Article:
Freelance photographer, guide, divemaster and travel blogger. Travelled 47 countries and counting; 30 in Africa plus the Caribbean, Europe and SE Asia. Now in South America and as always, still working and involved in the tourism and hospitality industries.
Green-breasted Pitta found! Kanyanchu, Kibale Forest (Day 2)
11 Aug: Birding from Kanyanchu UWA office, Kibale Forest with UWA guide Gerald T. 06:00 - 11:00
Once again we started off our morning hearing the Wood Owl calling as we left Chimp's Nest, the lodge where we were staying. At Kanyanchu, we set off 6am with Gerald and our head torches to the area where we were hoping to hear (and see!) the Green-breasted Pitta. The waiting was a bit nerve racking as this was our last chance during this visit to find the bird - no pressure! The first forest calls we heard were the Black & White Colobus followed by the Great Blue Turaco and Red-chested Cuckoo.
At 6:55 we heard the 1st "prrrrp" of the Green-breasted Pitta's display followed a couple of minutes by a second, although by the second display we were already moving and Gerald was homing in on the display area. It was the 3rd or 4th "prrrrp" when we saw the bird displaying on a branch, doing it's hop into the air and creating the "prrrrp" sound with its wings. This was followed by a second softer version and a few metres away there was another GB Pitta, also displaying in response!! This Gerald explained was most likely the female.
There were a few more displays, gradually lower eventually, till the displays stopped and the 2 birds met up on the ground and started moving around foraging for food. Now the challenge was for me to try and get some photos - with some sneaking and staying still alternately, the birds became reasonably relaxed and I managed to get some photos. They seemed to have a knack of finding centipedes under the leaf litter and at times turned the heads like they're listening before a quick move and dart and lifting the head with a centipede in the bill.
My second species of Pitta but by no means a lesser experience. Being able to watch this pair move around and forage was just simply put - amazing! Eventually we left the pair on their own and we walked back to the main trail with huge smiles. Other birds were now heard calling as well and included Yellow-billed and Yellow-spotted Barbets, Blue-breasted Kingfisher, Speckled and Yellow-throated Tinkerbirds, and Red-capped Robin-chat; also a great view of a pair of African Shrike Flycatchers. A troop of Baboons moved past and some Grey-cheeked Mangabeys were calling further away.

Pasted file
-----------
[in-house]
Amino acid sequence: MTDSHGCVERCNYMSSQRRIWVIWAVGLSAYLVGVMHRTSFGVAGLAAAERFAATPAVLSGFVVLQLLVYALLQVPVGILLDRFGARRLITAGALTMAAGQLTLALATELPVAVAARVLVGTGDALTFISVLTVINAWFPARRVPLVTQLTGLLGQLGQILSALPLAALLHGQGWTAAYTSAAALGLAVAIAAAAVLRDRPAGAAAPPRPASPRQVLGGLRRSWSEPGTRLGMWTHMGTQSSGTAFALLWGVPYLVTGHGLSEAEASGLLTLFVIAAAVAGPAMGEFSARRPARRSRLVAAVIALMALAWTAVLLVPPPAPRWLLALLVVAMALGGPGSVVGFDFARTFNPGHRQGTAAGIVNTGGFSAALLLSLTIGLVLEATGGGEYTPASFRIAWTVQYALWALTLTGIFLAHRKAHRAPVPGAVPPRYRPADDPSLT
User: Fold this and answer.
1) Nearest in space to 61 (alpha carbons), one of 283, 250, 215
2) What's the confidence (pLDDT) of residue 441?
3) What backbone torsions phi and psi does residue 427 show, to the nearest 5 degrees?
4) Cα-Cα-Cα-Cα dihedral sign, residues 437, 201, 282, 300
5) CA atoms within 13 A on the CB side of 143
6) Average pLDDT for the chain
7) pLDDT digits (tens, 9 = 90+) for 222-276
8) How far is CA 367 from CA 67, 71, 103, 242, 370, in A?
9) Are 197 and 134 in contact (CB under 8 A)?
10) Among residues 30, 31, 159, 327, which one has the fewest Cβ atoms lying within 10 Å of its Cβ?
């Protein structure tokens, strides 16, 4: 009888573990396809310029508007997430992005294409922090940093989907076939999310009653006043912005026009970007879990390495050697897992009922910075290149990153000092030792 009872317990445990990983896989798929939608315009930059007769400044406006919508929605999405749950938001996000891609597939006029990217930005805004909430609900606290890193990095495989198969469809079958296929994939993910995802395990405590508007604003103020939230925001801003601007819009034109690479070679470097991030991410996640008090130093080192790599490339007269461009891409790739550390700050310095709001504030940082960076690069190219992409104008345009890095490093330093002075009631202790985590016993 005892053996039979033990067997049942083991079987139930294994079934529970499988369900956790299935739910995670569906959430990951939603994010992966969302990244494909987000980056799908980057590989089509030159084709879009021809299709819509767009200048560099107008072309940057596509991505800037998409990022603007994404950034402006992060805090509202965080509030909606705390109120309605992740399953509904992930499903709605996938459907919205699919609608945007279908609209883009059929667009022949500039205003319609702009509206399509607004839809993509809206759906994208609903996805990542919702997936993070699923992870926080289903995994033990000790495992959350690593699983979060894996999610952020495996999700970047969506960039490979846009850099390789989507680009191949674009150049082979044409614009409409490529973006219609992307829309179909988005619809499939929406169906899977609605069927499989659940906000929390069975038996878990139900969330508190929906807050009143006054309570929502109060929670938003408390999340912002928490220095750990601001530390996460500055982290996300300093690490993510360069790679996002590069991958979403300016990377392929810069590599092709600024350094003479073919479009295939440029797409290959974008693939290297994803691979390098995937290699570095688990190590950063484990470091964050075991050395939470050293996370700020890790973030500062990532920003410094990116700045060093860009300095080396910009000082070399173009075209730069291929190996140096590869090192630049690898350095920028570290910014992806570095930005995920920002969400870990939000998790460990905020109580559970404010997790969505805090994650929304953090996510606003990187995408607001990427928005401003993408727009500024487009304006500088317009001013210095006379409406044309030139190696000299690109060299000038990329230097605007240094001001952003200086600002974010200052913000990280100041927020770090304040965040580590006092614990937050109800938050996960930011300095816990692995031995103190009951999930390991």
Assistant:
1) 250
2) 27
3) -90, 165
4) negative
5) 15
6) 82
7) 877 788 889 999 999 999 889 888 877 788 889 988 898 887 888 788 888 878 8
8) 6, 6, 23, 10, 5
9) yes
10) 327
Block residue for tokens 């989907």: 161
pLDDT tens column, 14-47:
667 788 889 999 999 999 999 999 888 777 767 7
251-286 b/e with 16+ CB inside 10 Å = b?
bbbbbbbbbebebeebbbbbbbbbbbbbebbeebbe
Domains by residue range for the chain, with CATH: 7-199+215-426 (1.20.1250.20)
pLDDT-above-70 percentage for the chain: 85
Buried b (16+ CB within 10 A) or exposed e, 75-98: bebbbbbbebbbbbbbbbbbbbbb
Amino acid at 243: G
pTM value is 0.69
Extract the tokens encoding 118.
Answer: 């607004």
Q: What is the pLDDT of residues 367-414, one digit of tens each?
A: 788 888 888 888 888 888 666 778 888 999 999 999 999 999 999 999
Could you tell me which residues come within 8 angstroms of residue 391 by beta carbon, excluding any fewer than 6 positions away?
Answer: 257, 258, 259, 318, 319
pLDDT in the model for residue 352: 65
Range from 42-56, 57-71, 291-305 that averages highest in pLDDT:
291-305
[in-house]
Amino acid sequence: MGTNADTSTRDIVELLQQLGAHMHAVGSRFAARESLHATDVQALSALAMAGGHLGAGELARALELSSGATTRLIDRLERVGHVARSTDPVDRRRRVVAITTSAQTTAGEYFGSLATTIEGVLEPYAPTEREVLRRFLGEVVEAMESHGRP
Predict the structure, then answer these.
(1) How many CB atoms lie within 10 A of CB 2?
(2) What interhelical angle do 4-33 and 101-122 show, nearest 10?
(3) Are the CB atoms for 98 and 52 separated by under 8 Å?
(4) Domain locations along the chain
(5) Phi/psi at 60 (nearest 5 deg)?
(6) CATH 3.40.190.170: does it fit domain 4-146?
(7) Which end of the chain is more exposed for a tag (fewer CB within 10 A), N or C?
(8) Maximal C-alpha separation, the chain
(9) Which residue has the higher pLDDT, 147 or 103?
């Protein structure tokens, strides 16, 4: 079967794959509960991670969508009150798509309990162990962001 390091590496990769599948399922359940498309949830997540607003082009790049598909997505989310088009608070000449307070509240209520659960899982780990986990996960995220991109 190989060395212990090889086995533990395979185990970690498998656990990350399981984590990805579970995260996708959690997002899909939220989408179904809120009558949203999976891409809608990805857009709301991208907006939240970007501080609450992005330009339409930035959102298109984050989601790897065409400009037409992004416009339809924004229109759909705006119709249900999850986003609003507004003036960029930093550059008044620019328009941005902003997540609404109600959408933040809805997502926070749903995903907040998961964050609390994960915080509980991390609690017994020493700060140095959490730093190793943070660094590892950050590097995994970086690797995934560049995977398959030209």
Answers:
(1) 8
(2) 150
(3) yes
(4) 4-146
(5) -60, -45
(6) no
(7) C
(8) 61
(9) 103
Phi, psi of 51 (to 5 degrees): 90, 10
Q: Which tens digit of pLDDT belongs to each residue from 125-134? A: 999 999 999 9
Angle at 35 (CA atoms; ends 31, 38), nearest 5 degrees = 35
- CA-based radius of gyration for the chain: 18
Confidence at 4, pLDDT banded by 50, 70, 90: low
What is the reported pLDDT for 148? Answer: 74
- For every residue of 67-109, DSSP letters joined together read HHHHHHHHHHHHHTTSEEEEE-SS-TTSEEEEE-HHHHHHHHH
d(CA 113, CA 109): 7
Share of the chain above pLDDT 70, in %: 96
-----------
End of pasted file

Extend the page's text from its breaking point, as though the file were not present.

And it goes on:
Butterfly hovering at Kanyanchu, Kibal Forest
Back at the UWA office, a quick coffee and tea and then moved on to some birding down the road. Pied Wagtail, Little Greenbul, Vieillot's Black and Black-necked Weavers, Yellow-rumped Tinkerbirds and an immature Green Crombec were the first batch of sightings from here. Further down onto the main forest road we found Cameroon Sombre Greenbul, Afep Pigeon, Little Green and Collared Sunbird. A White-breasted Nigrita immature was begging food from a parent and was size-wise in stark contrast the large Yellowbill nearby. A pair of White-tailed Ant-thrushes seemed to be nesting.
Two Green Hylia made an appearance followed by Slender-billed Greenbul, Chestnut-fronted Wattle-eye, Speckled, Yellow-throated and Yellow-rumped Tinkerbirds, Purple-headed Starling and good views of Buff-throated Apalis and Cassin's Grey Flycatcher. Moving further along the road the bird traffic continued with White-headed Wood Hoopoe, Green-backed Camaroptera, Black & White Casqued Hornbill and a cracking view of Great Sparrowhawk. A few Red-tailed Monkeys were trying to entertain us nearby.
Epiphytes in Kibale Forest
The final birds were hardly "lesser" species as we ended with brilliant views of a pair of Brown-chested Alethes. I missed out on a Velvet-mantled Drongo but considering the above sightings, there was hardly reason to be complaining - I would just have to come back again.
Around lunchtime back at the lodge, I saw two White-thighed Hornbills flying over the canopy of the forest adjacent to the lodge property.
Both the Green-breasted Pittas